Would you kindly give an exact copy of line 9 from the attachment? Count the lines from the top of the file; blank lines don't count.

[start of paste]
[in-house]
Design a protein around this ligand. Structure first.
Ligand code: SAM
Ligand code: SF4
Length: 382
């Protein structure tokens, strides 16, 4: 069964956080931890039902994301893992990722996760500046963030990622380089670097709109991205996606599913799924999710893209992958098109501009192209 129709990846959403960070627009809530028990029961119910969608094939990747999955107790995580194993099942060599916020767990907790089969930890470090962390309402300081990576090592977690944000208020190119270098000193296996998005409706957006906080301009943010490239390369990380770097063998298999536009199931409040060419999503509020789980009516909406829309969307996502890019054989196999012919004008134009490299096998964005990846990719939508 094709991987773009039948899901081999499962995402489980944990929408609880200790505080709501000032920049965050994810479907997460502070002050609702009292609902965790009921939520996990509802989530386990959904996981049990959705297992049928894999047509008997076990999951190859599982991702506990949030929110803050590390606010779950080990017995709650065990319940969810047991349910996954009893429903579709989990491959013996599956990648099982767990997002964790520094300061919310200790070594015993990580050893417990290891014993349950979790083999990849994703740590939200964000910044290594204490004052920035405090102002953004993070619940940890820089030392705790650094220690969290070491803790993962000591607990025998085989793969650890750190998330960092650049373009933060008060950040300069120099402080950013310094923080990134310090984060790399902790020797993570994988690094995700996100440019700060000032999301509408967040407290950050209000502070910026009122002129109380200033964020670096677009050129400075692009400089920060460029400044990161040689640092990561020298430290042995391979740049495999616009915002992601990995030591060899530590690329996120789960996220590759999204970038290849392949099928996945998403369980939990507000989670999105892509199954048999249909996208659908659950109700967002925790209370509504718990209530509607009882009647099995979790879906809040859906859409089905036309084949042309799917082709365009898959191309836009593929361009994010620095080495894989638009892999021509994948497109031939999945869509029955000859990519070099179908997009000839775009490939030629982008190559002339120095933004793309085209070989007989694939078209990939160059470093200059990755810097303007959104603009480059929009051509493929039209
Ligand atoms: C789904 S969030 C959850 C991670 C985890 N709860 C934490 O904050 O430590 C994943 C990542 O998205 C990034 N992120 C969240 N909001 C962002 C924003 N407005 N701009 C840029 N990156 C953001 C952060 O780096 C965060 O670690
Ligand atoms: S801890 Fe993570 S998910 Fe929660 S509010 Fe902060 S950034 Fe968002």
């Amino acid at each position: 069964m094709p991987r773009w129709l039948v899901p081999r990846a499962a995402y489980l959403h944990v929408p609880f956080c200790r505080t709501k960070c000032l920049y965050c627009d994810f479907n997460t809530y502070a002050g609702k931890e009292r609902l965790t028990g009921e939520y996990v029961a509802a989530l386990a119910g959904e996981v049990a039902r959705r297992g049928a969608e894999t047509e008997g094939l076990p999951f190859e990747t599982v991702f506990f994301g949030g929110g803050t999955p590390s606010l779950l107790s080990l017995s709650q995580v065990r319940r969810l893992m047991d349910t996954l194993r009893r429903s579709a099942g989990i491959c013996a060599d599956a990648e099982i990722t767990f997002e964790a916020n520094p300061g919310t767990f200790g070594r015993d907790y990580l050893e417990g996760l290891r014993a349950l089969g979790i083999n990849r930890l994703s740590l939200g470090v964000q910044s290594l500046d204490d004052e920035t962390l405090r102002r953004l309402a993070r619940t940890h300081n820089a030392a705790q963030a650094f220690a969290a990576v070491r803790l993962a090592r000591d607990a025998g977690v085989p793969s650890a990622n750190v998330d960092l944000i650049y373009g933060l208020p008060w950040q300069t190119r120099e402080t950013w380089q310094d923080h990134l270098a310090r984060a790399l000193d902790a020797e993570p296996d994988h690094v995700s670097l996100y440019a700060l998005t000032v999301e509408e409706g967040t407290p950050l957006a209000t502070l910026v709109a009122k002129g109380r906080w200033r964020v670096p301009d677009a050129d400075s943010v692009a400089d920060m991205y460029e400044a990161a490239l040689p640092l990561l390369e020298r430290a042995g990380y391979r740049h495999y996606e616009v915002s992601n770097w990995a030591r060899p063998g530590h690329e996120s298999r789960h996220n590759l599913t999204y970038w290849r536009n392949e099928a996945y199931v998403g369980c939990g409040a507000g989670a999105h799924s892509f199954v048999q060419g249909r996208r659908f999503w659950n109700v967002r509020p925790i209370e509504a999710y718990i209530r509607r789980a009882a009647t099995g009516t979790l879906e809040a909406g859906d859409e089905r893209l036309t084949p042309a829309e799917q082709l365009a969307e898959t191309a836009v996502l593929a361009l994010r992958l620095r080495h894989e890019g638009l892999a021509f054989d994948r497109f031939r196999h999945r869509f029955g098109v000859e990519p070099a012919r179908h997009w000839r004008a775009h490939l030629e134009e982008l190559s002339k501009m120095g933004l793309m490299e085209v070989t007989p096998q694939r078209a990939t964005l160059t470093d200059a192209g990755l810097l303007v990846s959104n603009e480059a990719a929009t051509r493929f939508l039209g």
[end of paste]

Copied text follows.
């Amino acid at each position: 069964m094709p991987r773009w129709l039948v899901p081999r990846a499962a995402y489980l959403h944990v929408p609880f956080c200790r505080t709501k960070c000032l920049y965050c627009d994810f479907n997460t809530y502070a002050g609702k931890e009292r609902l965790t028990g009921e939520y996990v029961a509802a989530l386990a119910g959904e996981v049990a039902r959705r297992g049928a969608e894999t047509e008997g094939l076990p999951f190859e990747t599982v991702f506990f994301g949030g929110g803050t999955p590390s606010l779950l107790s080990l017995s709650q995580v065990r319940r969810l893992m047991d349910t996954l194993r009893r429903s579709a099942g989990i491959c013996a060599d599956a990648e099982i990722t767990f997002e964790a916020n520094p300061g919310t767990f200790g070594r015993d907790y990580l050893e417990g996760l290891r014993a349950l089969g979790i083999n990849r930890l994703s740590l939200g470090v964000q910044s290594l500046d204490d004052e920035t962390l405090r102002r953004l309402a993070r619940t940890h300081n820089a030392a705790q963030a650094f220690a969290a990576v070491r803790l993962a090592r000591d607990a025998g977690v085989p793969s650890a990622n750190v998330d960092l944000i650049y373009g933060l208020p008060w950040q300069t190119r120099e402080t950013w380089q310094d923080h990134l270098a310090r984060a790399l000193d902790a020797e993570p296996d994988h690094v995700s670097l996100y440019a700060l998005t000032v999301e509408e409706g967040t407290p950050l957006a209000t502070l910026v709109a009122k002129g109380r906080w200033r964020v670096p301009d677009a050129d400075s943010v692009a400089d920060m991205y460029e400044a990161a490239l040689p640092l990561l390369e020298r430290a042995g990380y391979r740049h495999y996606e616009v915002s992601n770097w990995a030591r060899p063998g530590h690329e996120s298999r789960h996220n590759l599913t999204y970038w290849r536009n392949e099928a996945y199931v998403g369980c939990g409040a507000g989670a999105h799924s892509f199954v048999q060419g249909r996208r659908f999503w659950n109700v967002r509020p925790i209370e509504a999710y718990i209530r509607r789980a009882a009647t099995g009516t979790l879906e809040a909406g859906d859409e089905r893209l036309t084949p042309a829309e799917q082709l365009a969307e898959t191309a836009v996502l593929a361009l994010r992958l620095r080495h894989e890019g638009l892999a021509f054989d994948r497109f031939r196999h999945r869509f029955g098109v000859e990519p070099a012919r179908h997009w000839r004008a775009h490939l030629e134009e982008l190559s002339k501009m120095g933004l793309m490299e085209v070989t007989p096998q694939r078209a990939t964005l160059t470093d200059a192209g990755l810097l303007v990846s959104n603009e480059a990719a929009t051509r493929f939508l039209g």